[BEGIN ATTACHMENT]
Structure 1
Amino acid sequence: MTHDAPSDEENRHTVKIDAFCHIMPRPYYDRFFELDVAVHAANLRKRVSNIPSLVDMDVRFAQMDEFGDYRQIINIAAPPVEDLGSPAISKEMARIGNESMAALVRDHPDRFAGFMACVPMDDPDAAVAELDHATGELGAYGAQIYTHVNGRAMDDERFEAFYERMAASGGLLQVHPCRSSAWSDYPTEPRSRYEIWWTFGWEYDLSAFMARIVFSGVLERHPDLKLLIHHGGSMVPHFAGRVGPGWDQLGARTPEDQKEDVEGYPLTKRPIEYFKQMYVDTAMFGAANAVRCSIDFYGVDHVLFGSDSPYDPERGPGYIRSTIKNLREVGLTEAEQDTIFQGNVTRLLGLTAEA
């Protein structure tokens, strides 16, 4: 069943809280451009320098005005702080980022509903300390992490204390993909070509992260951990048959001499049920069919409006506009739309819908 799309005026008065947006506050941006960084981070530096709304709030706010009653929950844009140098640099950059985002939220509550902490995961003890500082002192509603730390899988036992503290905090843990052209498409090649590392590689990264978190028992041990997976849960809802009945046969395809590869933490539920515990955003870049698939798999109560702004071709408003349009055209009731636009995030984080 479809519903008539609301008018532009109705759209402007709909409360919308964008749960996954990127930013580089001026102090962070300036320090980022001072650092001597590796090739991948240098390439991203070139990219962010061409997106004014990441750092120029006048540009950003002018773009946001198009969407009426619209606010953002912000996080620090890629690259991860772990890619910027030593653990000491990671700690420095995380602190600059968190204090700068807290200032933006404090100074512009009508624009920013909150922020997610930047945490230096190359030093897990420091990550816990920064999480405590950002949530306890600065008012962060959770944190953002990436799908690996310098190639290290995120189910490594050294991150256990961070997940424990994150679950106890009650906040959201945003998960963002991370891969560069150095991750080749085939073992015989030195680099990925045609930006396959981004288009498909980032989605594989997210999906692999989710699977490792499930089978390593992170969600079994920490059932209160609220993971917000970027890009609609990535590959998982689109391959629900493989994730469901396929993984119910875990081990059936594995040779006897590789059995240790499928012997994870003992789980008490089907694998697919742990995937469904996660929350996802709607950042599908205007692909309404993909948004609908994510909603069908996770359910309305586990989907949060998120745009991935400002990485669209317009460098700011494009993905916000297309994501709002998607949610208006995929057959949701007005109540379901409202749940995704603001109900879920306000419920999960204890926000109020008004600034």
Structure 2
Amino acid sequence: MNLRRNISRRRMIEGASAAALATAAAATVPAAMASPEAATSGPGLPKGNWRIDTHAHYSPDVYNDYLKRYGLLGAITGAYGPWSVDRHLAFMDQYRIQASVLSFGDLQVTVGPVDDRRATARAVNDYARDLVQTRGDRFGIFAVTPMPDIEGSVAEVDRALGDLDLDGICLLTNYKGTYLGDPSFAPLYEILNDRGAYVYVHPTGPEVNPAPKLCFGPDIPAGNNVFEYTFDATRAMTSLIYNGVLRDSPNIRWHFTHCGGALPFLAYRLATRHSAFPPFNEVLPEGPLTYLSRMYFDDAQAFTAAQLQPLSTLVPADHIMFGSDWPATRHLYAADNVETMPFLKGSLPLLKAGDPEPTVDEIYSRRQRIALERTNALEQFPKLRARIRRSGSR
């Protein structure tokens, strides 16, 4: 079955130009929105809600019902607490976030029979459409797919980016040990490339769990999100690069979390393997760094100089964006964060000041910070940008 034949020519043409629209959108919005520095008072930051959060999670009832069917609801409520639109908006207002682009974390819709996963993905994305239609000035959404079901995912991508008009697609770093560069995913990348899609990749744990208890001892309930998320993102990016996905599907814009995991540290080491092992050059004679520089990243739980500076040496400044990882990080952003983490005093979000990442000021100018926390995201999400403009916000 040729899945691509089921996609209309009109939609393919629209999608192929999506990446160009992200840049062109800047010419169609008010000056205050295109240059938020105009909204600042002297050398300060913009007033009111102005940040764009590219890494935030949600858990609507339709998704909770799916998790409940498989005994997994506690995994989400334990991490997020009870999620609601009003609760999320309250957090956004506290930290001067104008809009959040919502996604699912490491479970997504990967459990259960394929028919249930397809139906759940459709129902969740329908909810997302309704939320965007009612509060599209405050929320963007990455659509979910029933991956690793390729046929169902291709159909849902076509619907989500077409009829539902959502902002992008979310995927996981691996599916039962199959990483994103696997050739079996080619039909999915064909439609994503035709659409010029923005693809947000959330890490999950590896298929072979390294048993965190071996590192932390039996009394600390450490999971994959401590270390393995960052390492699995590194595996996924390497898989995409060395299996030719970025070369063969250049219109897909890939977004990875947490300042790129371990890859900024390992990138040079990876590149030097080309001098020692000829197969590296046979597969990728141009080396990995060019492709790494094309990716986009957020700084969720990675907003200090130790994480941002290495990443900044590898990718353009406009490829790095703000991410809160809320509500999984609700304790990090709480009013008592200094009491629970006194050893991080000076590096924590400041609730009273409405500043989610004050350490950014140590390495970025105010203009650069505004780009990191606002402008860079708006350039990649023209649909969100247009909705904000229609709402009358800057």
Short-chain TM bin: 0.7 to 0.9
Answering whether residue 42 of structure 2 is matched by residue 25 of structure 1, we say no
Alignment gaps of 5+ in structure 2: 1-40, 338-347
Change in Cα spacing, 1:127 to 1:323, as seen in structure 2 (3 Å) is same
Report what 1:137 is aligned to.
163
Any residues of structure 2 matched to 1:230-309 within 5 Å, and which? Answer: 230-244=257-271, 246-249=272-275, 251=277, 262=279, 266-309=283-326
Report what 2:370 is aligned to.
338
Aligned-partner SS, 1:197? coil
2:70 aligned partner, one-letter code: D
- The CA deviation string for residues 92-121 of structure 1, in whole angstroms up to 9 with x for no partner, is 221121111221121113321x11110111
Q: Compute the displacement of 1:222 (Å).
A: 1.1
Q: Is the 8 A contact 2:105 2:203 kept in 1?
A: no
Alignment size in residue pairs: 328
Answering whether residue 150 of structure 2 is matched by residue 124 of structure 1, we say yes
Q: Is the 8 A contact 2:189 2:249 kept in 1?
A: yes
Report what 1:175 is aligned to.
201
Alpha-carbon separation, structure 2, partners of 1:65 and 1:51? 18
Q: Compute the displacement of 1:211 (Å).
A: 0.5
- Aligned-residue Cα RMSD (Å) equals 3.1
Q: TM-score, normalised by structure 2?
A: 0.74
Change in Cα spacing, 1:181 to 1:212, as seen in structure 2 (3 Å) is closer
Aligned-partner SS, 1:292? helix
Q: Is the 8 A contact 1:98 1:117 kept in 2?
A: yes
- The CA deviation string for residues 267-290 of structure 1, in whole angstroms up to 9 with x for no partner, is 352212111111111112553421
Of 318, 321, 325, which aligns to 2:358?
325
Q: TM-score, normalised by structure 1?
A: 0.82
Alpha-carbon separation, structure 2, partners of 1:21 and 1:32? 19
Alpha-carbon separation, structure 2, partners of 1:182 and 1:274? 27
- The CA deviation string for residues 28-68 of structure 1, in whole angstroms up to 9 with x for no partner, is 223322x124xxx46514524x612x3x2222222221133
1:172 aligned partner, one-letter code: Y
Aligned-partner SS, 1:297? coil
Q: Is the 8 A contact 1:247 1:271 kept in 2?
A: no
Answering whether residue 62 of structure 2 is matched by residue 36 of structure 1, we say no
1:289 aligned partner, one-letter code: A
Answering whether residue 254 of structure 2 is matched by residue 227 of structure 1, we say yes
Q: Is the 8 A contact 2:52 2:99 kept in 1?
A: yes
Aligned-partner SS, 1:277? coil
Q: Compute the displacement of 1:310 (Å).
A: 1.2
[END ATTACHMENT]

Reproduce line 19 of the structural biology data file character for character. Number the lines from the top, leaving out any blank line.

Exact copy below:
Q: Compute the displacement of 1:222 (Å).